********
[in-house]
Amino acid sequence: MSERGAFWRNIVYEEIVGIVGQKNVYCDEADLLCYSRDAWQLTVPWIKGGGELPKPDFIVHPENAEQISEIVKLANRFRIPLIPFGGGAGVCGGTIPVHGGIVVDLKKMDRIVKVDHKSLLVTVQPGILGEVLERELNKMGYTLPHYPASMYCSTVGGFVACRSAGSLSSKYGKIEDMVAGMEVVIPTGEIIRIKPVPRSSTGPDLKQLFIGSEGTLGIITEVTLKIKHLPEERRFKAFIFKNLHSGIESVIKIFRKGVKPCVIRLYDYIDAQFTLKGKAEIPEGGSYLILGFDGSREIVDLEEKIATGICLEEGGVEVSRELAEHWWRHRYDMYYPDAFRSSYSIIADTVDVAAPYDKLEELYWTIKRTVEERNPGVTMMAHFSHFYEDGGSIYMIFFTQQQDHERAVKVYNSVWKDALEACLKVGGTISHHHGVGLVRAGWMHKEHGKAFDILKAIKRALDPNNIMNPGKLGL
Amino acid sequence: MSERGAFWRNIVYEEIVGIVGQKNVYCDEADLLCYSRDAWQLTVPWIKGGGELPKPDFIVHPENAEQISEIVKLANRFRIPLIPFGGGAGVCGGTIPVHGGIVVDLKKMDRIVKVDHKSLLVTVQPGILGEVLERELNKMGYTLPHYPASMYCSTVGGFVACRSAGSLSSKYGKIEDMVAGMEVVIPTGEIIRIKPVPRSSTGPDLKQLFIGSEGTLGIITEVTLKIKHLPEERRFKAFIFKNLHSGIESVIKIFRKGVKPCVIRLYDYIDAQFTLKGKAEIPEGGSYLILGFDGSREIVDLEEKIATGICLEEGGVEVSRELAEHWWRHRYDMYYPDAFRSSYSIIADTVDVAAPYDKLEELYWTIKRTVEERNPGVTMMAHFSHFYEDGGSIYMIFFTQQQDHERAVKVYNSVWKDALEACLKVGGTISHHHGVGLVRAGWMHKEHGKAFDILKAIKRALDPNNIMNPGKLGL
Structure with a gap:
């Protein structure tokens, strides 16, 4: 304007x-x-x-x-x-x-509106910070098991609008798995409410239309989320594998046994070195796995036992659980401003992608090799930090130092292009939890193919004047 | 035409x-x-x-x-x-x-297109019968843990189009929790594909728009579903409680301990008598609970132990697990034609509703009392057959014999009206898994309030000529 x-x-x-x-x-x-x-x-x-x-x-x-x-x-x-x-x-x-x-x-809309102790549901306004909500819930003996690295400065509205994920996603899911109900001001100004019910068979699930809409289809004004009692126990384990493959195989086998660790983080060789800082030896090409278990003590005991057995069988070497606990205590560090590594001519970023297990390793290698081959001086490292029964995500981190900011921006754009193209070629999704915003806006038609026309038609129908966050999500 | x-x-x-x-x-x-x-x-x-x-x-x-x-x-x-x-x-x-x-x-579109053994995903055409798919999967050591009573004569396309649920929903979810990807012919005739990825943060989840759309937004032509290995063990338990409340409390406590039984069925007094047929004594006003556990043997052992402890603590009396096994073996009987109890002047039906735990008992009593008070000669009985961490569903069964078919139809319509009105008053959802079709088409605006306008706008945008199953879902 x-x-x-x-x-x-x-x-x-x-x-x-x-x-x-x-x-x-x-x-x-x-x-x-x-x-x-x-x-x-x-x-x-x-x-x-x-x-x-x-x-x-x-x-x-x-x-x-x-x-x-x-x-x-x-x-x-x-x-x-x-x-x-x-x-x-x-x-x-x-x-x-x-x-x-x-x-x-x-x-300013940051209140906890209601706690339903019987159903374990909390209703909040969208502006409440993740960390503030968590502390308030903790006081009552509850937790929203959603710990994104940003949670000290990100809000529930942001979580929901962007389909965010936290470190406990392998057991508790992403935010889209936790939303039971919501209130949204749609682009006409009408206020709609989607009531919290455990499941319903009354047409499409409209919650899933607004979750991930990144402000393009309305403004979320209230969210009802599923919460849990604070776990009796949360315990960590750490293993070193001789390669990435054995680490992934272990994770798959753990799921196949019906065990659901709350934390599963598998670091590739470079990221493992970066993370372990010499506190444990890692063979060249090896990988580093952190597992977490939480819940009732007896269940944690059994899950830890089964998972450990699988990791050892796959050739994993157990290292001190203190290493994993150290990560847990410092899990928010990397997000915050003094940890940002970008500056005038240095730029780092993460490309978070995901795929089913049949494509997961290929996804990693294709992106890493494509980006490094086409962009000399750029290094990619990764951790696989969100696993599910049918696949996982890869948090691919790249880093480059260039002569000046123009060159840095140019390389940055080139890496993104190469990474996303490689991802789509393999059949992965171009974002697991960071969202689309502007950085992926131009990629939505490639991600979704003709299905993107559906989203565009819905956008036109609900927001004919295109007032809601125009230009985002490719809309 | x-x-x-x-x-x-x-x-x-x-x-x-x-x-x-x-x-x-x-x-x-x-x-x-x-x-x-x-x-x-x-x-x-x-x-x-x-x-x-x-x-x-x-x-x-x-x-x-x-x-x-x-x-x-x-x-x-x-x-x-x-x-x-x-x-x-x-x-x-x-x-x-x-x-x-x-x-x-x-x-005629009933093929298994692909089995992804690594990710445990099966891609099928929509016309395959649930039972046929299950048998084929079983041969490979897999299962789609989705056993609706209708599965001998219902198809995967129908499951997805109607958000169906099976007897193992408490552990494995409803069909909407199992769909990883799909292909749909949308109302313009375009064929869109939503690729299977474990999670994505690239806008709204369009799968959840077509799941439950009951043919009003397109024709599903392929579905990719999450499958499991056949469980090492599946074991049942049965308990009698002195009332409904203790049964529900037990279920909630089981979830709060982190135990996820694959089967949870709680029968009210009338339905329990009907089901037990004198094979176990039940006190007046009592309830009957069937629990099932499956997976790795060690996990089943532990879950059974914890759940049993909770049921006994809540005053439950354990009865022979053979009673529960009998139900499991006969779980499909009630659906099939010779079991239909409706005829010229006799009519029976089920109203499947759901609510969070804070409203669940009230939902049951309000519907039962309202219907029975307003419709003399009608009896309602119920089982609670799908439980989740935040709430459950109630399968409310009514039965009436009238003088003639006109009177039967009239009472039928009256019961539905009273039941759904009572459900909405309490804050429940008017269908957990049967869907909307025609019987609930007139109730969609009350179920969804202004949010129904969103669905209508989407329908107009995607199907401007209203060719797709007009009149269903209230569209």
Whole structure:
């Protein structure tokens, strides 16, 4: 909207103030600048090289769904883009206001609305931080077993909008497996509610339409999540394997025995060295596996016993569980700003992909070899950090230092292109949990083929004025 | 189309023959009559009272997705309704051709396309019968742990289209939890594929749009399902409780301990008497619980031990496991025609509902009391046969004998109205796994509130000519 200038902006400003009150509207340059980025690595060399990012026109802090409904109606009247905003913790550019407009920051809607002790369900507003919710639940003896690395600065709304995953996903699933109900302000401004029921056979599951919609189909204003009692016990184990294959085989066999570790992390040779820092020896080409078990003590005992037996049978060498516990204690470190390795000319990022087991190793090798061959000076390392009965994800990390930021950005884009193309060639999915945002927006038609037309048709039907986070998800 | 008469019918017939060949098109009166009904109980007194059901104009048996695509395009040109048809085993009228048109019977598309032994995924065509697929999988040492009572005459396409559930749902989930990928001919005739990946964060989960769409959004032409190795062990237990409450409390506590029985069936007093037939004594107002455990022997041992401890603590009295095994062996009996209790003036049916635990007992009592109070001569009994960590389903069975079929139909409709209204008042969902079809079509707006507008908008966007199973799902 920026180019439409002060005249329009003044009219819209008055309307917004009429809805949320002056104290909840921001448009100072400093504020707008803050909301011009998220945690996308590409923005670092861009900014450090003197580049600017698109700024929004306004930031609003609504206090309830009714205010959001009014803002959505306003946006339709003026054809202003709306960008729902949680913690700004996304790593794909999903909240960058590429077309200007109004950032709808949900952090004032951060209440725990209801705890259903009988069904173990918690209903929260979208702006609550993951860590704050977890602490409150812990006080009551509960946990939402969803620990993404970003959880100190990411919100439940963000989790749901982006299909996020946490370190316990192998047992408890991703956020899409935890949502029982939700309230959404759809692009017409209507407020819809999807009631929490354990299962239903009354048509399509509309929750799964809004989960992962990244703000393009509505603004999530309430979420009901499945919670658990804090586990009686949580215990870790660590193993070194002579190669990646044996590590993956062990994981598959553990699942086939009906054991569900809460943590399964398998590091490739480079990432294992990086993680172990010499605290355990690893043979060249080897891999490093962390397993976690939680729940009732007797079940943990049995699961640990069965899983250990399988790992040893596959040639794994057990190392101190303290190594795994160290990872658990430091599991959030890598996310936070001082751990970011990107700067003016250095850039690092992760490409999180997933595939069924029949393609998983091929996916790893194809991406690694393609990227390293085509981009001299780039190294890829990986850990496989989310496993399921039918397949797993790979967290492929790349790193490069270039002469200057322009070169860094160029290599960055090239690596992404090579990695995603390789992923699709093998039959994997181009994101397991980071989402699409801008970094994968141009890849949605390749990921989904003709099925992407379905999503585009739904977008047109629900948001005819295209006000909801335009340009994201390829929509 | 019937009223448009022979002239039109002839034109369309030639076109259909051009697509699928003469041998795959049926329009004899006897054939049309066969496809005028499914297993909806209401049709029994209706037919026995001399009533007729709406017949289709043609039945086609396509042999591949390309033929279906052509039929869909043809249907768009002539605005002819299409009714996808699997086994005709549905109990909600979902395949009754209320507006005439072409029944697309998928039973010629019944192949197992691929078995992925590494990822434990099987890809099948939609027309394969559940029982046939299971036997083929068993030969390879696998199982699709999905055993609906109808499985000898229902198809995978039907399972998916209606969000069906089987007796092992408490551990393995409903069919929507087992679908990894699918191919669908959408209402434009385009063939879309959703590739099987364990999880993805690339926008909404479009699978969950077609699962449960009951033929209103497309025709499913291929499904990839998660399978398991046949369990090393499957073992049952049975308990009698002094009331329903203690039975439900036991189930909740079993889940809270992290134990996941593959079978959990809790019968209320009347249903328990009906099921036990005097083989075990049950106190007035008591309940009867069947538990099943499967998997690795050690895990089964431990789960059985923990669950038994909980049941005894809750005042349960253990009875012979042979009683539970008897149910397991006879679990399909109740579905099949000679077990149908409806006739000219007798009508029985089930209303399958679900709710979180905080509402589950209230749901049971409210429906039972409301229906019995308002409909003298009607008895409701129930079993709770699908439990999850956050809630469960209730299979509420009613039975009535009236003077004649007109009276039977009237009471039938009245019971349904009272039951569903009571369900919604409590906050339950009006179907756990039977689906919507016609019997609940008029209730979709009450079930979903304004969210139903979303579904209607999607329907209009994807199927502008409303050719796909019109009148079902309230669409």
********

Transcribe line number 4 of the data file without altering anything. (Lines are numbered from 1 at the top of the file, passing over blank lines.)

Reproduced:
Structure with a gap: